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Robbie Burns to be celebrated in Liverpool

For the second year, the Hell Bay Brewery Company will be hosting a Robbie Burns dinner on Jan. 25 featuring haggis, neeps and tatties. Tickets are on sale now for $15 each.
For the second year, the Hell Bay Brewery Company will be hosting a Robbie Burns dinner on Jan. 25 featuring haggis, neeps and tatties. Tickets are on sale now for $15 each. - Submitted

Hell Bay Brewery Company hosting event to remember Scotland’s bard

LIVERPOOL - Robbie Burns night is recognized all over the world, and Hell Bay Brewing Company is excited to join in the celebrations too, says president, Mark Baillie.
Robbie Burns suppers are a celebration of the life and poetry of Robert Burns of Scotland. These dinners are normally held on or near the poet's birthday, which is Jan. 25.
For the second year in a row, the Hell Bay Brewing Company will be offering a traditional dinner of haggis, neeps and tatties (turnips and potatoes).
“We purchase the haggis, as it is prepared off premise,” says Baillie. “But we are told that it prepared as close to the traditional way as possible.”
As with any traditional Robbie Burns night, the haggis is piped in, and this year’s piper is Pat Melanson. According to tradition, everyone stands as the haggis is brought in and the haggis is laid down at the head table. The piping of the haggis is set for 6:30 p.m.
The Address to a Haggis, a poem written by Burns to celebrate his appreciation of haggis, will be read by Derek Ross. Throughout the evening, Baillie says Burns’ poems will be recited and there will be more bagpipe playing.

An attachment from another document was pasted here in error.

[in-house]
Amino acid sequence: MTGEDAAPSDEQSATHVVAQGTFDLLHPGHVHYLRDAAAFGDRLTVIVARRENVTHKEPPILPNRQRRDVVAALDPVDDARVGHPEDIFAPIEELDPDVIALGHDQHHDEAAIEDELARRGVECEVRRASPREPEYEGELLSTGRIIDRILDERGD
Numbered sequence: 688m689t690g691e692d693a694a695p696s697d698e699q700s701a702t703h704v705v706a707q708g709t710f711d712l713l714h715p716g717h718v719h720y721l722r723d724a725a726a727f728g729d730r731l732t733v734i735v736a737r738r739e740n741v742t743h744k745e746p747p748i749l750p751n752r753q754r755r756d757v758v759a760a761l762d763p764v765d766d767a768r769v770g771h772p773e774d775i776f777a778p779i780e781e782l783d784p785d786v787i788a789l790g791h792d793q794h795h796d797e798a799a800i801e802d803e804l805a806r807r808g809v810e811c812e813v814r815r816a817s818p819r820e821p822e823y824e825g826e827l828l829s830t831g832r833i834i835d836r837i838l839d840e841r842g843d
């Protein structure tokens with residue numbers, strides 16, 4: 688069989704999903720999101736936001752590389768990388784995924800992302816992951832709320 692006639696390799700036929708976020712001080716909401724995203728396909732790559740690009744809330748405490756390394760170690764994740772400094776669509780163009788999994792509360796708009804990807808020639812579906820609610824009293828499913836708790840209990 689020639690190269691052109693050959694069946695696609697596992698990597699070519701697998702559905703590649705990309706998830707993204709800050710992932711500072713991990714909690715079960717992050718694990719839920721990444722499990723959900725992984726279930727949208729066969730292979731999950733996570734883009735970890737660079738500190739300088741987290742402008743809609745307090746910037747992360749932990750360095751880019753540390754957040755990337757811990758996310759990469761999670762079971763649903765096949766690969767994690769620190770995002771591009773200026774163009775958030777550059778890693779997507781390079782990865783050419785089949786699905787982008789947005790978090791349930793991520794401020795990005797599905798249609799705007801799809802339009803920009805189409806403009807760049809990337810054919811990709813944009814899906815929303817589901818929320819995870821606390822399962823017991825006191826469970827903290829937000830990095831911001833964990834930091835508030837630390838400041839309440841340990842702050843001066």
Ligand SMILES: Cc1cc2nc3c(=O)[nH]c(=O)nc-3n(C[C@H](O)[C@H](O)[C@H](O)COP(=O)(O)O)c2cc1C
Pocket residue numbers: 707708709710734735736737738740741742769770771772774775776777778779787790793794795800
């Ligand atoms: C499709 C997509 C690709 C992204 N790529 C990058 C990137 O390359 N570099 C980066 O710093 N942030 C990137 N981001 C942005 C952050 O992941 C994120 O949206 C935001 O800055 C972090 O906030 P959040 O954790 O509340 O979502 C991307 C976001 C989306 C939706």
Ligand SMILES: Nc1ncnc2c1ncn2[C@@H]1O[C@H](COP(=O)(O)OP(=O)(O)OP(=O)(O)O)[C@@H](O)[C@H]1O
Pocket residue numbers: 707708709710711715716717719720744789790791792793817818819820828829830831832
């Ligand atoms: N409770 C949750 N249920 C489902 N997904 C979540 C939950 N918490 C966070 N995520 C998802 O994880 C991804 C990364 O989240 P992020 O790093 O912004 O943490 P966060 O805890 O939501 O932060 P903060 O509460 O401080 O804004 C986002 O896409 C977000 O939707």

“It is important to celebrate the works of Burns, also known as the poet of the people, for many reasons whether it be poetically, politically or otherwise,” says Baillie.  
Tickets for the Hell Bay Brewery Burns night are on sale until the day of the event, Jan. 25. They are $15 per person and children can attend as well.

Who is Robbie Burns?
Robert Burns – also known as Robbie or Rabbie Burns – was born Jan. 25, 1759. Still remembered today as the Bard of Ayrshire and the Ploughman’s Poet, Burns was widely regarded as the national poet of Scotland. His works celebrated the lives of typical Scots - recorded and celebrated aspects of farm life, regional experiences, traditional culture, class culture and distinctions, and religious practice and beliefs – in a way that appealed widely across the country.
He wrote over 100 songs for The Melodies of Scotland and worked to preserve many traditional Scottish songs, often putting new lyrics to traditional tunes. Auld Lang Syne, still sung every New Year’s, is one example of this, set to the tune of the traditional Can Ye Labour Lea, while A Red, Red Rose was set to the tune of Major Graham.
Burns was just 37 when he died on July 21, 1796, but his writing influence lived on. After his death, his writings were considered a major influence of the founders of liberalism and socialism. He remains a celebrated poet in Scotland, where statues mark his influence on Scottish culture.
Today, he is still remembered across the world, but especially by Canadians of Scottish decent, where Burns Nights are celebrated across the country.

If you go: Hell Bay Brewing Company is located at 38 Legion St. in Liverpool. The Burns supper will be held Jan. 25, with doors opening at 6 p.m. Admission is $15 per person.
 
Learn more about Hell Bay Brewing Company at https://www.hellbaybrewing.com . Check out the event page for the Burns Night supper on Facebook at https://www.facebook.com/events/940998729384964/
Learn more about Robert Burns at: https://en.wikipedia.org/wiki/Robert_Burns
http://www.robertburns.org/
https://www.poetryfoundation.org/poets/robert-burns

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